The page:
As you gear up to trick or treat with your kids this Halloween, keep in mind that this is a holiday that wreaks havoc on your children’s teeth and, if you’re not careful, your waistline. Some of Halloween’s best treats play the worst tricks, much to our dismay.
Womansday.com compiled a list of 10 treats to avoid this Halloween, some of which may leave you reaching for a box of tissues. Why? Because they are also some of the tastiest!
Even so, the last thing you want is for your kids to end up in the dentist chair with a mouth full of cavities, so read on, and make sure you keep a toothbrush — and your self control — handy when it comes to these 10 chewy, calorie-packed, sugary sweets.
Yes, Snickers. This treat is loaded with fat and calories and contains a primary cavity culprit: caramel.
“It gets stuck in the crevices between teeth, which makes it impossible for saliva to wash it away,” says Cindy Flanagan, DDS, spokesperson for the General Academy of Dentistry.
If your child (or you) must have chocolate this Halloween, says nutritionist Jacqueline Santora Zimmerman, RD, go for a non-dense version such as a Three Musketeers.
Reese’s Peanut Butter Pumpkins
Say it isn’t so! Unfortunately, the candy released just for the holiday tends to have approximately 100 additional calories and significantly more saturated fat, says Rachel Berman, RD, Director of Nutrition for CalorieCount.com.
An alternative is Justin’s Milk Chocolate Peanut Butter Cups, a treat that is both organic and containing protein.
Hopefully this one doesn’t leave you quite as depressed … or surprised. Candy corn is nothing but sugar and artificial flavoring and coloring, and contains 180 calories per ounce.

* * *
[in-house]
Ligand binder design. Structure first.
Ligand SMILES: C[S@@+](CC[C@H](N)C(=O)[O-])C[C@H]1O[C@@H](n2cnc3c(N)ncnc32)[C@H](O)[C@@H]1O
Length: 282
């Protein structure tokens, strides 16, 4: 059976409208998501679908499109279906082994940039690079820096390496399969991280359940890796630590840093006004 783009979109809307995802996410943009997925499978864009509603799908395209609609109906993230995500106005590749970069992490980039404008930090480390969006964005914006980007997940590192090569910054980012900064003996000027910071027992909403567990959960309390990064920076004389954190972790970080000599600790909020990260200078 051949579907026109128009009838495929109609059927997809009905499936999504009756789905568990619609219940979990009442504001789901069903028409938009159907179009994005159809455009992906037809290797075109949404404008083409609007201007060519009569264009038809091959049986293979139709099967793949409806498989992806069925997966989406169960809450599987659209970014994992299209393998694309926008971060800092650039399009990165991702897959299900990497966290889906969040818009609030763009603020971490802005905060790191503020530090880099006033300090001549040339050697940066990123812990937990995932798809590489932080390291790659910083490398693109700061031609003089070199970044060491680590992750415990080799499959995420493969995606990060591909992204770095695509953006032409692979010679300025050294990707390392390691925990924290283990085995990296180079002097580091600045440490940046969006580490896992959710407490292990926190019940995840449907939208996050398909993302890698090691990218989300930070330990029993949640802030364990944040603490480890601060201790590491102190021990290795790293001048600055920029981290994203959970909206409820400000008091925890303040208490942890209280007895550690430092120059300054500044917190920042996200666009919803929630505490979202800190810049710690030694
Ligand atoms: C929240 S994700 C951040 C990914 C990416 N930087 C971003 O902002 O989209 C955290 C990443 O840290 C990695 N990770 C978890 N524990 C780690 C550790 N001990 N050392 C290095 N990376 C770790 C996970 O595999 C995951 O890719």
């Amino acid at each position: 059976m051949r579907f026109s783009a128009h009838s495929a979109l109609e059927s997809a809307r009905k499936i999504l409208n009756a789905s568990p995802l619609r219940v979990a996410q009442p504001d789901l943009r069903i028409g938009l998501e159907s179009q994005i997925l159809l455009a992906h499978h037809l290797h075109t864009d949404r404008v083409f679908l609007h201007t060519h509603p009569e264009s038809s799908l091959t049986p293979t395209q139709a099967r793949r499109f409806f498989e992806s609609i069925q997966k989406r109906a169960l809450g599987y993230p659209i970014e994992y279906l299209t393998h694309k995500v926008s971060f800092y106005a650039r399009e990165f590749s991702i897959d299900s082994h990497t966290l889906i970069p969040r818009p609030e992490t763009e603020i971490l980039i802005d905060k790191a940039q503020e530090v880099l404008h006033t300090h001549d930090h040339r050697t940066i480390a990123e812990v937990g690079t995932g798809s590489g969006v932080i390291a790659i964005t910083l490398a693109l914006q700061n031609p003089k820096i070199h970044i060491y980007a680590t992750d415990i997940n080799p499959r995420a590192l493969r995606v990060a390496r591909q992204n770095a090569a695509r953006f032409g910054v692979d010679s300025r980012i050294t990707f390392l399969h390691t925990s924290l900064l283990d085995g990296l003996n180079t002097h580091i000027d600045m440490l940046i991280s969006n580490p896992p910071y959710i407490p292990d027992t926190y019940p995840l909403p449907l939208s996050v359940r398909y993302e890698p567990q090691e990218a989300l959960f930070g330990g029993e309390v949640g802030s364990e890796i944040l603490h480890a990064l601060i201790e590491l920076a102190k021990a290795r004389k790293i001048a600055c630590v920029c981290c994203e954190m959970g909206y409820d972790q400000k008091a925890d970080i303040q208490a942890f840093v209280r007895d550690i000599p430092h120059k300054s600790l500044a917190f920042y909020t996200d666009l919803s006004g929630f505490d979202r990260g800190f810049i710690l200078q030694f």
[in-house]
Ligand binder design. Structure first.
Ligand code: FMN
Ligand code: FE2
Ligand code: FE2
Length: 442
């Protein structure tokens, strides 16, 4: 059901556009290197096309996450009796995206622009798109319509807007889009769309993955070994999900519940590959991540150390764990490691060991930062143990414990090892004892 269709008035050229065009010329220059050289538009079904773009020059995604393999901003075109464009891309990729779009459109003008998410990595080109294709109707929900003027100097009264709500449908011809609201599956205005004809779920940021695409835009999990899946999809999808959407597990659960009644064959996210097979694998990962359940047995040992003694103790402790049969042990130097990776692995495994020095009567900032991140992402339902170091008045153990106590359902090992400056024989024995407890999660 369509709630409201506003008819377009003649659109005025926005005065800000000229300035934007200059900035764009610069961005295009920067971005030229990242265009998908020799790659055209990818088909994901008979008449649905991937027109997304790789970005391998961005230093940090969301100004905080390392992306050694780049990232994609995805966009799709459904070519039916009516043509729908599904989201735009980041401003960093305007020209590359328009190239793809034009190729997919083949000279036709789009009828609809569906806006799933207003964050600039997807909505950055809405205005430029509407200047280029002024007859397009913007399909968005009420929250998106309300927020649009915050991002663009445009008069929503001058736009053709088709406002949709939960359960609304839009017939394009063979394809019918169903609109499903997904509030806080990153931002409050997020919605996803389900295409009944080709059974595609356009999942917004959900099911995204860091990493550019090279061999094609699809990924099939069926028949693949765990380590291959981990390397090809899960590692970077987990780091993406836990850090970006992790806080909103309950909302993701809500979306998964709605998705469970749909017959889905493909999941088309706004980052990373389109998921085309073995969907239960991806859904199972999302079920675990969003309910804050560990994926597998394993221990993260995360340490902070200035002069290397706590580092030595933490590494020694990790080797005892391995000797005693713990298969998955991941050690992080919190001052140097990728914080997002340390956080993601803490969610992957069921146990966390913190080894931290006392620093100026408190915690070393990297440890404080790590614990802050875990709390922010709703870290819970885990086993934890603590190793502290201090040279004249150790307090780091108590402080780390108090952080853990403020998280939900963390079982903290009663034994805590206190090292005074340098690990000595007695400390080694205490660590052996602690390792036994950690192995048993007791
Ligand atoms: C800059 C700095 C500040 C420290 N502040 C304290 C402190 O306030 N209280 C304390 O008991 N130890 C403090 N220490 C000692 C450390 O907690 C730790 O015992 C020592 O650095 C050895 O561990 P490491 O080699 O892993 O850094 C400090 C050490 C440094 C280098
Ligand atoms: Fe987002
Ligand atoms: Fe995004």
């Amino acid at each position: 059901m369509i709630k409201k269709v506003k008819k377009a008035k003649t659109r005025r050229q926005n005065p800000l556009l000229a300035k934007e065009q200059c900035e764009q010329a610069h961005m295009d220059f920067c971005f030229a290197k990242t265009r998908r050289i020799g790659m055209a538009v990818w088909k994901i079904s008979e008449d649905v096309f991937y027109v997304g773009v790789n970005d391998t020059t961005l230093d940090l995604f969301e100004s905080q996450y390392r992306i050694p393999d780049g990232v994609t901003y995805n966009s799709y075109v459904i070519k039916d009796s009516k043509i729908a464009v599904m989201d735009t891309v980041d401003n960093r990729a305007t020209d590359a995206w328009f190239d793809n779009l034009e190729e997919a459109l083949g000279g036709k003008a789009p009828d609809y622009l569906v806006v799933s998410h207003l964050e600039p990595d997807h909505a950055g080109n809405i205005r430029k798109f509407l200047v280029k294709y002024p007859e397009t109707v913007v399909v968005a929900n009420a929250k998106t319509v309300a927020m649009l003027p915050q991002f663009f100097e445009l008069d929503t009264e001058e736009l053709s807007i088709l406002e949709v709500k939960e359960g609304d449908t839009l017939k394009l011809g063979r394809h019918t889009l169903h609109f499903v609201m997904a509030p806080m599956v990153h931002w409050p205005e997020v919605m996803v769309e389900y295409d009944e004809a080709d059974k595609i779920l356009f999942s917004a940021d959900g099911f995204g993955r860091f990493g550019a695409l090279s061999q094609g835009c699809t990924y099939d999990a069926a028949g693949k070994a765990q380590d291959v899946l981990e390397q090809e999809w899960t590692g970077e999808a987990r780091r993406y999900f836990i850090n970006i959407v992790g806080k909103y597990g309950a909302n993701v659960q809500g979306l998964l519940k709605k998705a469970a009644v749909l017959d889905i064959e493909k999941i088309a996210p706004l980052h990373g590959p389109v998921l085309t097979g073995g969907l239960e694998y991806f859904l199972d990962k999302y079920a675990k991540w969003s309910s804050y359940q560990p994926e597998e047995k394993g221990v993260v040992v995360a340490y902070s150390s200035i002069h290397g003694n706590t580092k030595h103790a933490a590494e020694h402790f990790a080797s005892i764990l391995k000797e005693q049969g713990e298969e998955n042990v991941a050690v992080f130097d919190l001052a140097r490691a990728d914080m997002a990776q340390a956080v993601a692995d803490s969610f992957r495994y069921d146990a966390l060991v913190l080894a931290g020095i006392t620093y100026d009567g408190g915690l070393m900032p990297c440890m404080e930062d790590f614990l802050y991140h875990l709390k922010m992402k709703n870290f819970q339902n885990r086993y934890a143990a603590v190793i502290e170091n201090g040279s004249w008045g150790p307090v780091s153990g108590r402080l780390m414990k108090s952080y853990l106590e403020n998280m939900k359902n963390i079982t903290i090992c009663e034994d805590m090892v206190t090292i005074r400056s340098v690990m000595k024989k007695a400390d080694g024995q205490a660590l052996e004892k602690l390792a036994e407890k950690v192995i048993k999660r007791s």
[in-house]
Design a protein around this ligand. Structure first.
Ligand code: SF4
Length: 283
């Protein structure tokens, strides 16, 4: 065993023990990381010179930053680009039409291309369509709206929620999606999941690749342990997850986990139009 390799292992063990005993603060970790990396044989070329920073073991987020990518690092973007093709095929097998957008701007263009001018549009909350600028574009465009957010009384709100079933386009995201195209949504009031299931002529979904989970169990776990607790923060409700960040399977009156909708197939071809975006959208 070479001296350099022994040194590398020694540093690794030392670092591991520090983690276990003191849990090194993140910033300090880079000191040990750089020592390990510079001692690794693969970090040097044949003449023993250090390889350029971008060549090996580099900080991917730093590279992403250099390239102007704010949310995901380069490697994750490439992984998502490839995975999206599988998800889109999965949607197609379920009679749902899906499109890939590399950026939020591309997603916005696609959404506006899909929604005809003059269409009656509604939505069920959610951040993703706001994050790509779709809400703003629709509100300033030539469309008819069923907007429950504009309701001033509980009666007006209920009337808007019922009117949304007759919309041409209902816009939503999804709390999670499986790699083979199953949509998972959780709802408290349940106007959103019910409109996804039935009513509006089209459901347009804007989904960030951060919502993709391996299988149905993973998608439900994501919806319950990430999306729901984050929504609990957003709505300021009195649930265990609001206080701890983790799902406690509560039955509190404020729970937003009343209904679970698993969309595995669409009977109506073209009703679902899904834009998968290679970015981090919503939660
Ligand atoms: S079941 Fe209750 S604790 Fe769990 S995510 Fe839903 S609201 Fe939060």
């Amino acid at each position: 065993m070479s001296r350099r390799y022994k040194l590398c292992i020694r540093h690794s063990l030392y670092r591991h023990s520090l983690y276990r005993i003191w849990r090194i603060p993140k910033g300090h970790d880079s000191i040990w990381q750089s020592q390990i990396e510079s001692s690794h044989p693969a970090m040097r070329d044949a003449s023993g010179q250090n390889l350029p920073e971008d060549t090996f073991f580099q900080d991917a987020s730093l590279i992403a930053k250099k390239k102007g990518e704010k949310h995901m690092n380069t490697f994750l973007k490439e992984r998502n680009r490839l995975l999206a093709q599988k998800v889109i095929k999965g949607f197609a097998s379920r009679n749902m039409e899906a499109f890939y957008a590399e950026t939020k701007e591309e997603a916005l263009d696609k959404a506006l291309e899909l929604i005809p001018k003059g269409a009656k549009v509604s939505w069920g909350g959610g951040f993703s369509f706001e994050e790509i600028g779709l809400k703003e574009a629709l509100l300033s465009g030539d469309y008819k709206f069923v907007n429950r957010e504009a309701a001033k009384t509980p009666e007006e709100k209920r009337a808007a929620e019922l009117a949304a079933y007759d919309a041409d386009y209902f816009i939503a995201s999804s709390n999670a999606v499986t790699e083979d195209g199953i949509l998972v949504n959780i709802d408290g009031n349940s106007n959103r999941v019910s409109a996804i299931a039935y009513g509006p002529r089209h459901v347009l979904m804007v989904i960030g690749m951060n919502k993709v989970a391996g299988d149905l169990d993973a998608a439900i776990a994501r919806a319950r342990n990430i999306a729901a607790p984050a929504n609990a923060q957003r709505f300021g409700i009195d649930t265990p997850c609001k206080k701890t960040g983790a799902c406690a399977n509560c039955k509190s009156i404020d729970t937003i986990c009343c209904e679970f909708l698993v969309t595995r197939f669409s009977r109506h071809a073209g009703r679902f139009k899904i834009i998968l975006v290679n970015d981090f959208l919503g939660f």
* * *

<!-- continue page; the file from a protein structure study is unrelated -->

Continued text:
M&Ms Candy Corn White Chocolate Candies
The look on this candy’s face says it all. This treat combines the worst of the worst into one candy with overly-processed white chocolate (to the degree that it isn’t even chocolate at all, says Berman), candy corn flavoring, and the M&M candy shell. Just avoid it.
The longer sugar remains in contact with the teeth, the more cavity-inducing it is, but there is at least one benefit to suckers: “Kids’ mouths are occupied, so they’re less likely to continually shovel in candy,” says Heather Mangieri, RD, a spokesperson for the Academy of Nutrition and Dietetics.
This candy carries good news and bad news. The good news is that it is just 15 calories per piece. The bad news is that each packet is loaded with fat and sugar, and the chewy consistency remains between teeth long after the child is done eating it, which can result in cavities.
Sour Patch Kids
These candies are easily addictive because they combine sweet and sour tastes together. What’s more, these treats contain a high level of acidity, which breaks down tooth enamel quickly.
Fun Dip: a stick of sugar used to eat loose sugar. No, it’s not difficult to imagine how bad for your kids this treat really is. Berman suggests Smarties instead. “They’re still just sugar, but they’re portion-controllable, with 25 calories per serving.” That’s half of what Fun Dip packs in a serving.
Skittles are filled with hydrogenated oils, or trans fats, as well as sugar, corn syrup, and artificial colors. One suggestion is to use these candies for crafts, though, such as gingerbread houses.
Sugary Bubble Gum
Kids don’t typically swallow gum, but it still contains carbohydrates, sugar, and calories. The positives about gum is that it helps dislodge food particles from the teeth and induces saliva, which helps neutralize the acid in the mouth.
Candy is a fact of life for most families come Halloween, so moderation is the key. Don’t let your kids get carried away and, perhaps, get rid of some of that candy while they aren’t looking … just don’t get rid of it by eating it yourself!